Geolocated delivery, a necessary step today for e-traders!

“But where did it go?” How many times have we asked this question by scrutinising the small dot, or the miniature car that moves with amazing jumps on our smartphone screen? Uber, but also other transport-related applications, has taught us how to track and trace routes in real time. Now, what was just a “gadget” to calm the customer waiting for a vehicle, has moved into all our e-commerce experiences. It is no longer a question for a consumer not to know where the delivery man is!


So, what are the consequences of these new requirements and how can e-merchants deal with them

Two major directions have been taken by companies, whether they are directly responsible for the final delivery or they use the services of a company specialising in the delivery of parcels. You have to either geolocate the delivery person himself or track the parcel being delivered.

Geolocation in the operational service has been ancient history for us for five years. The novelty is the customer experience it allows,” recalled Jean-Sebastien Léridon, General Manager of Relay Parcel, in 2017.

Allowing the customer to track their package on a map is not so much a service challenge as a technical challenge requiring large investments.


Geolocated delivery a two-way stress!

But, if the delivery of the package is one of the most worrying factors for the consumer, it is also the same for the business or the brand. Indeed, answering the customer’s incessant questions about the progress (or the delay) of their delivery is a major source of costs and inconvenience for retailers. Offering them access to live monitoring for the end customer relieves them of this heavy burden. Thus,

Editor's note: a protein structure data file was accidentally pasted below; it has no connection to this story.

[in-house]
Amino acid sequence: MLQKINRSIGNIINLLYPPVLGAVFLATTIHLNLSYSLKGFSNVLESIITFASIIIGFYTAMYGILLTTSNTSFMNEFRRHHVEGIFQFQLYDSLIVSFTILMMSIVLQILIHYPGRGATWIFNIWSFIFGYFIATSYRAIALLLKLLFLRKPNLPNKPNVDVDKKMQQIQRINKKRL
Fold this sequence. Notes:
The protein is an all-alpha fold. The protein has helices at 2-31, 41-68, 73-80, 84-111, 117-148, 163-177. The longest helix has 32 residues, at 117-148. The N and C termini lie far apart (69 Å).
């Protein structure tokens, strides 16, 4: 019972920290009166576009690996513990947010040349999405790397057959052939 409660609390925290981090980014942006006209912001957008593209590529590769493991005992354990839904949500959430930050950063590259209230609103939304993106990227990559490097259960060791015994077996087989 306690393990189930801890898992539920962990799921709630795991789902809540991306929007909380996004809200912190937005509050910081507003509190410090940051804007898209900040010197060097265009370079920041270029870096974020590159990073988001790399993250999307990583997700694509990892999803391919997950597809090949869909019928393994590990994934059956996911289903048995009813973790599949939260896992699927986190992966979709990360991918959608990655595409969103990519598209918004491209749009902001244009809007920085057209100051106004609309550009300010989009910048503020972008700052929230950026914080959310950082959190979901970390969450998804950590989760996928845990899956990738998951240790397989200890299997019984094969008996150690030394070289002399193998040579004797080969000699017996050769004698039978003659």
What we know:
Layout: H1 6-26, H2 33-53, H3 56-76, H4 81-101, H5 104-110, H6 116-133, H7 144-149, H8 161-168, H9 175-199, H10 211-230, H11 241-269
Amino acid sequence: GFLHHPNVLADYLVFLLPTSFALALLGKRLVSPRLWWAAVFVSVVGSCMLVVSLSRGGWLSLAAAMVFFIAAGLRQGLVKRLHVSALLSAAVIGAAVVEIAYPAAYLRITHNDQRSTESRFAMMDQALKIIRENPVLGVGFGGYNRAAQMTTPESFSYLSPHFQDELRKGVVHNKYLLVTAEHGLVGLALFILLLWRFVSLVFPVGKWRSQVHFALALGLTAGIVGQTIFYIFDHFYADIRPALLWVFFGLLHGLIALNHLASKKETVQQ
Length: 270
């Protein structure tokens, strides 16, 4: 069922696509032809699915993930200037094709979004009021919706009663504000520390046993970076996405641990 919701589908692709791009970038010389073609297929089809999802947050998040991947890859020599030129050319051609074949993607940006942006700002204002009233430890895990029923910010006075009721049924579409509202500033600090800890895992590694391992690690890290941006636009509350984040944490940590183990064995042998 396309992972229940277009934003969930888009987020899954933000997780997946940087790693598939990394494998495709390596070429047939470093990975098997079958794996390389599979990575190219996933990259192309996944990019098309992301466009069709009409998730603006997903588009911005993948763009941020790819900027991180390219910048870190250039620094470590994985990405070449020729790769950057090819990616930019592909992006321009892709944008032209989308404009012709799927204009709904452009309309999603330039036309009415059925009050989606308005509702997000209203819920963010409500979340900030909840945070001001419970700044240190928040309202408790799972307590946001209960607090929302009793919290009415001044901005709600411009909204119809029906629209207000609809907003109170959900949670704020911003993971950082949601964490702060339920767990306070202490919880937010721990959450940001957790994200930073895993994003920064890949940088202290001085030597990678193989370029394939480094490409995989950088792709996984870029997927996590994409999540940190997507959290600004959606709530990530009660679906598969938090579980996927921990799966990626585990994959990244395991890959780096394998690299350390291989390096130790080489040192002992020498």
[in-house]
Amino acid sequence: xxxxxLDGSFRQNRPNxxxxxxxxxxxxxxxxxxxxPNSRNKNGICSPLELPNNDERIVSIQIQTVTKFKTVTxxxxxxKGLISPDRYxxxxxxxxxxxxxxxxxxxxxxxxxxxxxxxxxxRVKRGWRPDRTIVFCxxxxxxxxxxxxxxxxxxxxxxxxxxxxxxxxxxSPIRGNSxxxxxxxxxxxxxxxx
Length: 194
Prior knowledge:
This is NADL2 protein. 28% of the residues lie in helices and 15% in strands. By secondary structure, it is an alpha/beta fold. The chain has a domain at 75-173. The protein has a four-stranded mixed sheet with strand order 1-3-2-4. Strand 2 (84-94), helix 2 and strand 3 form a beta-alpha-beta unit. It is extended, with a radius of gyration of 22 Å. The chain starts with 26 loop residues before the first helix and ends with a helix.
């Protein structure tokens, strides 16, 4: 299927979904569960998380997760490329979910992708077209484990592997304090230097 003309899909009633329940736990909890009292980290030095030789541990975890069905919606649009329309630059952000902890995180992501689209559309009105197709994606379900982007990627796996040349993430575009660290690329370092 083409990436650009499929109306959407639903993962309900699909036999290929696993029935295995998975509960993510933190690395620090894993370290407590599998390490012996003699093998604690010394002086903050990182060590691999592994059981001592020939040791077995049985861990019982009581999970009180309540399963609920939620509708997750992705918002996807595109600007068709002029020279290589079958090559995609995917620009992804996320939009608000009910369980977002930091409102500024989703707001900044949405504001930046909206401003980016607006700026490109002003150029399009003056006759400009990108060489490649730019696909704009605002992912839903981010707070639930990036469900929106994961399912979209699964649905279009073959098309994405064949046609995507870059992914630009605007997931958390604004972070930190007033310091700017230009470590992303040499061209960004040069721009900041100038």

brands can focus on sales while geolocation allows customers to follow their order step by step,” confirmed Jean-Pierre Herdies, director of Mondial Relay Belgium.

Geolocation is no longer seen as surveillance but as a way to reassure all participants and demonstrate respect and compliance to commitments undertaken. In addition, allowing customers to track their deliveries, greatly reduces the risk of absence; the customer is on the doorstep when the deliveryman arrives.

Delivery, how to predict his arrival?

But knowing where the ordered package is has become “normal” in terms of customer experience, the challenge now is to predict its arrival. It will now be a question of combining the geolocation data with real-time traffic (and why not the weather or other external factors of disruption) to send continuous information to the consumers smartphone.

We imagine that deliverymen, already provided with terminals equipped with GPS and instantaneous communication, will have their performance analysed for a more precise prediction. Gone are the days when the postman took a few minutes to chat over coffee in the kitchen?


To Read also:Reverse logistics: an opportunity for geolocation?